Nestled amidst the vibrant saltmarshes of coastal Texas, Turtle Creek Aquaculture is growing sustainable redfish, or red drum, for American markets. Using outdoor ponds, this family-owned and operated farm prioritizes raising fish in harmony with the local environment.
Owner Nasir Kureshy got his start in aquaculture pursuing his master’s degree at Texas A&M University in Corpus Christi and worked on a number of farms, both domestically and internationally, before purchasing his 126-acre property on Matagorda Bay in 2008. Turtle Creek Aquaculture’s farm has grown steadily over the years. It now sells redfish to wholesale markets, as well as directly to restaurants.
For healthy fish ponds you first need healthy wetlands. Salt marshes bolster resilience to climate change by trapping and storing carbon, providing refuge for wild fisheries, and acting as a buffer to coastal erosion and storm events. Wetlands also help Turtle Creek’s fish ponds by filtering water naturally—one of the reasons they are partnering with Matagorda Bay Foundation on saltmarsh restoration.
“On our farm, we have built and are building wetlands to treat our water as well as to grow plants for constructed wetlands in other areas,” said Kureshy. “We strive to enhance the natural environment around us, our ecosystem, as we are so dependent upon it. And of course, wetland marshes are the most efficient ecosystems at sequestering carbon.”
Farming Fish in Our Changing Climate
In our changing climate, severe weather is becoming increasingly frequent and severe—and aquaculture growers are often on the front lines. While hurricanes are not unexpected in coastal Texas, cold snaps and heat waves are increasingly becoming a threat.
Extreme temperatures are dangerous for fish farms. Redfish are vulnerable to temperatures below 40 degrees Fahrenheit. Summer heat can cause oxygen levels to drop in the ponds, making it difficult for fish to breathe. When severe temperatures strike, Turtle Creek pumps in well water to keep the ponds from getting too cold or warm. Developing climate-resilient adaptations are necessary to keep aquaculture growers producing sustainable, domestic seafood.
From Tide to Table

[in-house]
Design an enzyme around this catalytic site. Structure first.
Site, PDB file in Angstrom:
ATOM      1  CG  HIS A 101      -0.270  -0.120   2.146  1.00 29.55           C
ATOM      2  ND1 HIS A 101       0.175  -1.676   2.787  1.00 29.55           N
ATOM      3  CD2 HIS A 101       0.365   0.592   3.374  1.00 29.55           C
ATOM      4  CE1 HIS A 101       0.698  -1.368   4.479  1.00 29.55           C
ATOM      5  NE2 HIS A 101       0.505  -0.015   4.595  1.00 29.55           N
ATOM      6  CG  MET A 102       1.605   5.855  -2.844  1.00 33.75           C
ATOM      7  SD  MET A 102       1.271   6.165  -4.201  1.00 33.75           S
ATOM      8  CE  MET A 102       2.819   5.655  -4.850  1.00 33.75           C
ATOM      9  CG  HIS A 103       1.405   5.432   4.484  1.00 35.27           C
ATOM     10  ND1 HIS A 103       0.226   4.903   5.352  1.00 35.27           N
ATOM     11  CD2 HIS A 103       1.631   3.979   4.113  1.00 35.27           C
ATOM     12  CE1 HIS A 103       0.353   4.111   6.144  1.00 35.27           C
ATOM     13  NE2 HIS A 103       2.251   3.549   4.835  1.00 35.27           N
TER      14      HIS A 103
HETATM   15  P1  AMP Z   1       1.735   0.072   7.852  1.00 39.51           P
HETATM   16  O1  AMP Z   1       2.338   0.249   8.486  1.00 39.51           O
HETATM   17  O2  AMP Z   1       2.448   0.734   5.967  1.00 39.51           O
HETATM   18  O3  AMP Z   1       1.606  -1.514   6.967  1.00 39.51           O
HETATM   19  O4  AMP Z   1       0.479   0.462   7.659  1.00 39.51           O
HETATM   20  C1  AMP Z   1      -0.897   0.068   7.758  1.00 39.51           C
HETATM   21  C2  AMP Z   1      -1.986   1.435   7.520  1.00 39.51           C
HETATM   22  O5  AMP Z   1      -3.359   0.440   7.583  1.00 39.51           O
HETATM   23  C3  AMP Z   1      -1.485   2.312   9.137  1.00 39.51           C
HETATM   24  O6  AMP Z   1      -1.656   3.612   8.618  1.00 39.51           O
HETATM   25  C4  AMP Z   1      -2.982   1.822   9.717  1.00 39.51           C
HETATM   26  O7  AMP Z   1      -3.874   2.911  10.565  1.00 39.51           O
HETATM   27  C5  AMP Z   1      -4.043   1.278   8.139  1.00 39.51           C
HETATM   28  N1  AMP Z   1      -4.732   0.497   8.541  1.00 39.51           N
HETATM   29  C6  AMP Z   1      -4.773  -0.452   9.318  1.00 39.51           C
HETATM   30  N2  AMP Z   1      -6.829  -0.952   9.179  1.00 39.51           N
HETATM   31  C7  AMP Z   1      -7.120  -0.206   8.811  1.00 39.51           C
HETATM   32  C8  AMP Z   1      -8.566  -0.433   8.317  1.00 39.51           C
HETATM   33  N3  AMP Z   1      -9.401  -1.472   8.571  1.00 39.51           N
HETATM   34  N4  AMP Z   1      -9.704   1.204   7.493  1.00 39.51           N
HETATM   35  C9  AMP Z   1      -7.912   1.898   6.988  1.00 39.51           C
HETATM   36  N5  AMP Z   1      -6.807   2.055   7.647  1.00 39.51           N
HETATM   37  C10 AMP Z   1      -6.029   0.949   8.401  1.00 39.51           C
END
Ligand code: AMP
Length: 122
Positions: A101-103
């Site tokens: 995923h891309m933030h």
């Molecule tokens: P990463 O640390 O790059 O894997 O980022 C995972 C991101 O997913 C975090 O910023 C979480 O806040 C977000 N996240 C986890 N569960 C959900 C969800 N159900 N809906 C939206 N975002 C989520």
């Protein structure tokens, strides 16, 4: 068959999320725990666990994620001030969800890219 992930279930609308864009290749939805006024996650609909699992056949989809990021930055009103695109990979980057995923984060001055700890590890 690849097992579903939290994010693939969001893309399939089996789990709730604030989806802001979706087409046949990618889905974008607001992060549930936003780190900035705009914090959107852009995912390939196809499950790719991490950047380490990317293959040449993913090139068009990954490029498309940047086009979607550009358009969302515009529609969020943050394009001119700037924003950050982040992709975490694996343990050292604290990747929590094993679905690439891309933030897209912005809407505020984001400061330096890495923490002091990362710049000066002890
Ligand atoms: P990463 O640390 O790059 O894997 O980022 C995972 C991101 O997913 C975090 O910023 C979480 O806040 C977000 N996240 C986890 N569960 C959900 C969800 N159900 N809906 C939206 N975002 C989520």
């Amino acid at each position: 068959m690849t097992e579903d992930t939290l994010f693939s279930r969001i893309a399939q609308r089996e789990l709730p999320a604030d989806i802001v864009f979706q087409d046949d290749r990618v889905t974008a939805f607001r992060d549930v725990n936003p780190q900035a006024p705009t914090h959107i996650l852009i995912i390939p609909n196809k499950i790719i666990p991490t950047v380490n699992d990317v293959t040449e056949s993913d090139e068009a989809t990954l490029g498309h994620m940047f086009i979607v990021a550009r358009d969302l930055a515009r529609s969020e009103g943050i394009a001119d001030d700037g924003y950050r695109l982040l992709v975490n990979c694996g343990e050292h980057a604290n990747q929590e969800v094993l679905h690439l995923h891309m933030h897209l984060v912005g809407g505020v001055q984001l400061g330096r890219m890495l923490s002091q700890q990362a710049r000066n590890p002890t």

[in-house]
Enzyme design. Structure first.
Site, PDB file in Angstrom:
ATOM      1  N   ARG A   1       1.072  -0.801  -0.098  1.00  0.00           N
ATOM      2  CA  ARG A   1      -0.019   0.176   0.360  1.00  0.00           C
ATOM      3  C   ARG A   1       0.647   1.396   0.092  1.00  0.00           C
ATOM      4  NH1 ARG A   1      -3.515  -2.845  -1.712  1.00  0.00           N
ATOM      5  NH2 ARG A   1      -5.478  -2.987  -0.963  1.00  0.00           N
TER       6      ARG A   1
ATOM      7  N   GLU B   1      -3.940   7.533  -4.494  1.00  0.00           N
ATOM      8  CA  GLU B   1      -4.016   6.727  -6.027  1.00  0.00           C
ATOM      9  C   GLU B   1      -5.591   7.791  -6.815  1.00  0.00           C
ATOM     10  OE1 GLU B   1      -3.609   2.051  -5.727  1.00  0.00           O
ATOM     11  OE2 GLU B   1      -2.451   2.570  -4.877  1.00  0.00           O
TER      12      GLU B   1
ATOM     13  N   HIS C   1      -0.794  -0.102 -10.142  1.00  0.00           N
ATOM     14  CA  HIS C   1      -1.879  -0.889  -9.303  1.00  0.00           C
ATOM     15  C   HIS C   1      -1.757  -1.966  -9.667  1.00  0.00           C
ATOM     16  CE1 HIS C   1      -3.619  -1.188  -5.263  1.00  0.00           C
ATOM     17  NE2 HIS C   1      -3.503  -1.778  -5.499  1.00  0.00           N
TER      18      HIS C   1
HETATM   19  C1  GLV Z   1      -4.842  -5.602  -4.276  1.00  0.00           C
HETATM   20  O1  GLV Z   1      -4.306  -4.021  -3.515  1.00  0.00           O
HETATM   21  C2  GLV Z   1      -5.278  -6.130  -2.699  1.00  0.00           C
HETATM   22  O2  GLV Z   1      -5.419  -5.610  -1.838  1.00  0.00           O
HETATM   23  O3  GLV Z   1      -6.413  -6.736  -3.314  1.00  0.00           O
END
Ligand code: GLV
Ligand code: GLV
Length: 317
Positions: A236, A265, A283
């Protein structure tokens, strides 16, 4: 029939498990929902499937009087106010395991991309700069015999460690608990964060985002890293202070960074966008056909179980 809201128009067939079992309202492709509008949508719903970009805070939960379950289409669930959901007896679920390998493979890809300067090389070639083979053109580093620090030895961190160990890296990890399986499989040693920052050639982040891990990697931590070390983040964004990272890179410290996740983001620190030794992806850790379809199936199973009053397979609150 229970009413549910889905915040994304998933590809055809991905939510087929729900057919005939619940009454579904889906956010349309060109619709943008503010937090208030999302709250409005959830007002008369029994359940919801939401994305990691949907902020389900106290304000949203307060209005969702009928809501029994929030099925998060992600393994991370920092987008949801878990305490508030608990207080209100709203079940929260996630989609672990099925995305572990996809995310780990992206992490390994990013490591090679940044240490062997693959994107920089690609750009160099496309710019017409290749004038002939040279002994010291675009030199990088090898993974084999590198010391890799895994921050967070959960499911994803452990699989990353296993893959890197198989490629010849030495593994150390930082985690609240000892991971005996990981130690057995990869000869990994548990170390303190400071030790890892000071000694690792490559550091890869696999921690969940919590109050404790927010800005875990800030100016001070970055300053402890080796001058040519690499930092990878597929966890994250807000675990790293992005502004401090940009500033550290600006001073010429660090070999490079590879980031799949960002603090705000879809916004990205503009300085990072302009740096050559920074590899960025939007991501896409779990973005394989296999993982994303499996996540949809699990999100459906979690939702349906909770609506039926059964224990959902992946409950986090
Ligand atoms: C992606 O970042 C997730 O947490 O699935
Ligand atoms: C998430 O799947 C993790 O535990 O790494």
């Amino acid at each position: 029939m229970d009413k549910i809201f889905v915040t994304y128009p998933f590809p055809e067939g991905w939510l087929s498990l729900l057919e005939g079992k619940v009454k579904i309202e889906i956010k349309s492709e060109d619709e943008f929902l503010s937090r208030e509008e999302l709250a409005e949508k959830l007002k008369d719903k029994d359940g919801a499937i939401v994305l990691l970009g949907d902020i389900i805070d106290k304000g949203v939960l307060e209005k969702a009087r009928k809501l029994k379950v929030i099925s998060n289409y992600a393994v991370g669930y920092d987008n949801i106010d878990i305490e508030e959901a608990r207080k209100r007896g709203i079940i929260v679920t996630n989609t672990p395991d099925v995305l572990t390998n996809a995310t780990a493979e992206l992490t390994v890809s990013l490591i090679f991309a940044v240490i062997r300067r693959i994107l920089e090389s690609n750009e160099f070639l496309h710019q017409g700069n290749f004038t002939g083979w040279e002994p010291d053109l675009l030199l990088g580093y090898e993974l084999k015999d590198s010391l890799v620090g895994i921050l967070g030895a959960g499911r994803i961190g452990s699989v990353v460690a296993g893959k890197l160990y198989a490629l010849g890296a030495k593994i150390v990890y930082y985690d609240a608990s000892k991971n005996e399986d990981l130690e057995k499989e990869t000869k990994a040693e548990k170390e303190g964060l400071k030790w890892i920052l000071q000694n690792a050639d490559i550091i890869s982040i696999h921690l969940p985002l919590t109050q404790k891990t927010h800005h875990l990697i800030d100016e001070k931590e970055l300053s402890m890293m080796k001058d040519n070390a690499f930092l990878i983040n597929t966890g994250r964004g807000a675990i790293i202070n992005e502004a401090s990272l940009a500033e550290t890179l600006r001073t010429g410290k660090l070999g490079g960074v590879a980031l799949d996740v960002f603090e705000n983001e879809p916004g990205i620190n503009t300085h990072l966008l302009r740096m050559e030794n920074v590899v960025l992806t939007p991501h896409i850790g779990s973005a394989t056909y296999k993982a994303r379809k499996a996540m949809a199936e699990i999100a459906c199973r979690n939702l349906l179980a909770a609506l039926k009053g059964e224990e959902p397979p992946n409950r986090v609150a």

“We are a family-owned and operated farm, and we take great pride in the fish we produce. I would like for all consumers of our fish to know where it comes from,” said Kureshy.
When Turtle Creek sells their fish directly to restaurants, it’s labeled as Texas-grown redfish, informing consumers that it’s grown under strict health and environmental regulations in the United States. However, when they sell to wholesalers, it’s distributed to grocery stores and restaurants without a label. Kureshy wants everyone eating their fish to know where it comes from and the benefits, both health and environmental, of sustainable aquaculture.
Aquaculture Fun Fact
Redfish can have the one classic dot on the tail, or they can be spotted like leopards!
Recipe: Redfish “on the Half Shell”
Redfish on the half shell is a classic preparation. “Half shell” means that the fish is filled with skin-on, like oysters on the shell.
- Redfish filets with the skin on
- Butter or olive oil (or both mixed together)
- Fresh garlic, minced
- Mince fresh garlic and combine with olive oil or butter.
- Take redfish filets, skin on, and bake or grill skin side down.
- Baste with olive oil/garlic and butter.
- Cook the fish until it flakes—don’t overcook!
- Enjoy! It can be served with the skin on, as the meat can be scooped out with a fork.
Sustainable Seafood from Tide to Table
The Tide to Table series profiles members of the aquaculture community who provide valuable jobs and increase access to fresh, sustainably sourced American seafood. Aquaculture is more than seafood production. It is about ecosystem stewardship, coastal communities, and economic opportunities.